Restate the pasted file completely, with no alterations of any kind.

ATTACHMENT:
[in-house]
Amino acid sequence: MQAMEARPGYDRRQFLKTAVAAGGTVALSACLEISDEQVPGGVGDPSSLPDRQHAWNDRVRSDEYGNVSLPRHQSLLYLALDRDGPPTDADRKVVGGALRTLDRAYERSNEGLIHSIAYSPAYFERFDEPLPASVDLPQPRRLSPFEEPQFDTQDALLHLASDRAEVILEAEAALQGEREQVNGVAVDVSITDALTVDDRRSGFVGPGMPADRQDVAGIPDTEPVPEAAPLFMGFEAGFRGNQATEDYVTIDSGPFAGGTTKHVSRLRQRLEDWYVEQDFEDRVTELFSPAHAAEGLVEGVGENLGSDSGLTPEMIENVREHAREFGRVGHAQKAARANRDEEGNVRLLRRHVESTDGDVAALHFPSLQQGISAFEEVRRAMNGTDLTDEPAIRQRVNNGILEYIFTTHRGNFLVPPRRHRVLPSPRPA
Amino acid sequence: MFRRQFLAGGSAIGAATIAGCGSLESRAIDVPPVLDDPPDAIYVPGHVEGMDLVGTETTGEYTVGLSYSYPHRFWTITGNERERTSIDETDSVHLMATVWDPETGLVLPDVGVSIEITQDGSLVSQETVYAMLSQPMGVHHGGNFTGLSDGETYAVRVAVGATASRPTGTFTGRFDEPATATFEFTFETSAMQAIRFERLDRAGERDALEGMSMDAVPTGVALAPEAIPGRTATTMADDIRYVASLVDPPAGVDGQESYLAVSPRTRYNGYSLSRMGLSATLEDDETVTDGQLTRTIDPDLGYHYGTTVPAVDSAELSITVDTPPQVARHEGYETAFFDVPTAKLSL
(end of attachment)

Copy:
[in-house]
Amino acid sequence: MQAMEARPGYDRRQFLKTAVAAGGTVALSACLEISDEQVPGGVGDPSSLPDRQHAWNDRVRSDEYGNVSLPRHQSLLYLALDRDGPPTDADRKVVGGALRTLDRAYERSNEGLIHSIAYSPAYFERFDEPLPASVDLPQPRRLSPFEEPQFDTQDALLHLASDRAEVILEAEAALQGEREQVNGVAVDVSITDALTVDDRRSGFVGPGMPADRQDVAGIPDTEPVPEAAPLFMGFEAGFRGNQATEDYVTIDSGPFAGGTTKHVSRLRQRLEDWYVEQDFEDRVTELFSPAHAAEGLVEGVGENLGSDSGLTPEMIENVREHAREFGRVGHAQKAARANRDEEGNVRLLRRHVESTDGDVAALHFPSLQQGISAFEEVRRAMNGTDLTDEPAIRQRVNNGILEYIFTTHRGNFLVPPRRHRVLPSPRPA
Amino acid sequence: MFRRQFLAGGSAIGAATIAGCGSLESRAIDVPPVLDDPPDAIYVPGHVEGMDLVGTETTGEYTVGLSYSYPHRFWTITGNERERTSIDETDSVHLMATVWDPETGLVLPDVGVSIEITQDGSLVSQETVYAMLSQPMGVHHGGNFTGLSDGETYAVRVAVGATASRPTGTFTGRFDEPATATFEFTFETSAMQAIRFERLDRAGERDALEGMSMDAVPTGVALAPEAIPGRTATTMADDIRYVASLVDPPAGVDGQESYLAVSPRTRYNGYSLSRMGLSATLEDDETVTDGQLTRTIDPDLGYHYGTTVPAVDSAELSITVDTPPQVARHEGYETAFFDVPTAKLSL